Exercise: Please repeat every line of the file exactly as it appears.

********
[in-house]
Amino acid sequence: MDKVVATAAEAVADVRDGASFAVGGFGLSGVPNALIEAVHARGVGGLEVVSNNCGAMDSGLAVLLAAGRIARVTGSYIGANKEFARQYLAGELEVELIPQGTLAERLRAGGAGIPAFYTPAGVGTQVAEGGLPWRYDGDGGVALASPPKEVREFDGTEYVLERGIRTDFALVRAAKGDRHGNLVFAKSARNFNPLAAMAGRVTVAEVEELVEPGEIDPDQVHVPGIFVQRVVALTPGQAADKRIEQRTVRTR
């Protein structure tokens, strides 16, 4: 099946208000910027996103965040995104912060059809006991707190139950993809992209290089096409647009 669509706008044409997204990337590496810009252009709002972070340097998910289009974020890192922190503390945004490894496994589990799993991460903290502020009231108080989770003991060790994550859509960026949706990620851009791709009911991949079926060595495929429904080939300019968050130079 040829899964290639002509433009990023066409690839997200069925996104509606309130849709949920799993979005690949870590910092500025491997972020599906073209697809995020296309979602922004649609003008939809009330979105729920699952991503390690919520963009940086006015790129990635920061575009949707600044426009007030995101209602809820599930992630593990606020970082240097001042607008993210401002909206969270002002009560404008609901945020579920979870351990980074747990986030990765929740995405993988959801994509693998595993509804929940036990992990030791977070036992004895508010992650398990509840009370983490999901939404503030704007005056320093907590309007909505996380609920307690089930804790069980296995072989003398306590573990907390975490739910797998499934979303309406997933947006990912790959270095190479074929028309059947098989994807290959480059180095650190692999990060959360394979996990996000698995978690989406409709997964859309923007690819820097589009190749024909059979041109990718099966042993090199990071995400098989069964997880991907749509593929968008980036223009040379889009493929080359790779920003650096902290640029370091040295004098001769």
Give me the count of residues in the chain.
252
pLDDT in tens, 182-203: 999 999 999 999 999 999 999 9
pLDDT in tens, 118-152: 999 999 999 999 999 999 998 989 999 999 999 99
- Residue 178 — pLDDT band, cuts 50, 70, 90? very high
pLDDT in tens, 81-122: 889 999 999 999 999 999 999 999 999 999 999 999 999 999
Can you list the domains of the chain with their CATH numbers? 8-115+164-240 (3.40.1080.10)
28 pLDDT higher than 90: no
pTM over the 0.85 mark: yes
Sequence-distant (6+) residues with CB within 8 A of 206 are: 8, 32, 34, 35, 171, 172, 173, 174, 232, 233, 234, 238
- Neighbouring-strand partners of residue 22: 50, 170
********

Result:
[in-house]
Amino acid sequence: MDKVVATAAEAVADVRDGASFAVGGFGLSGVPNALIEAVHARGVGGLEVVSNNCGAMDSGLAVLLAAGRIARVTGSYIGANKEFARQYLAGELEVELIPQGTLAERLRAGGAGIPAFYTPAGVGTQVAEGGLPWRYDGDGGVALASPPKEVREFDGTEYVLERGIRTDFALVRAAKGDRHGNLVFAKSARNFNPLAAMAGRVTVAEVEELVEPGEIDPDQVHVPGIFVQRVVALTPGQAADKRIEQRTVRTR
């Protein structure tokens, strides 16, 4: 099946208000910027996103965040995104912060059809006991707190139950993809992209290089096409647009 669509706008044409997204990337590496810009252009709002972070340097998910289009974020890192922190503390945004490894496994589990799993991460903290502020009231108080989770003991060790994550859509960026949706990620851009791709009911991949079926060595495929429904080939300019968050130079 040829899964290639002509433009990023066409690839997200069925996104509606309130849709949920799993979005690949870590910092500025491997972020599906073209697809995020296309979602922004649609003008939809009330979105729920699952991503390690919520963009940086006015790129990635920061575009949707600044426009007030995101209602809820599930992630593990606020970082240097001042607008993210401002909206969270002002009560404008609901945020579920979870351990980074747990986030990765929740995405993988959801994509693998595993509804929940036990992990030791977070036992004895508010992650398990509840009370983490999901939404503030704007005056320093907590309007909505996380609920307690089930804790069980296995072989003398306590573990907390975490739910797998499934979303309406997933947006990912790959270095190479074929028309059947098989994807290959480059180095650190692999990060959360394979996990996000698995978690989406409709997964859309923007690819820097589009190749024909059979041109990718099966042993090199990071995400098989069964997880991907749509593929968008980036223009040379889009493929080359790779920003650096902290640029370091040295004098001769």
Give me the count of residues in the chain.
252
pLDDT in tens, 182-203: 999 999 999 999 999 999 999 9
pLDDT in tens, 118-152: 999 999 999 999 999 999 998 989 999 999 999 99
- Residue 178 — pLDDT band, cuts 50, 70, 90? very high
pLDDT in tens, 81-122: 889 999 999 999 999 999 999 999 999 999 999 999 999 999
Can you list the domains of the chain with their CATH numbers? 8-115+164-240 (3.40.1080.10)
28 pLDDT higher than 90: no
pTM over the 0.85 mark: yes
Sequence-distant (6+) residues with CB within 8 A of 206 are: 8, 32, 34, 35, 171, 172, 173, 174, 232, 233, 234, 238
- Neighbouring-strand partners of residue 22: 50, 170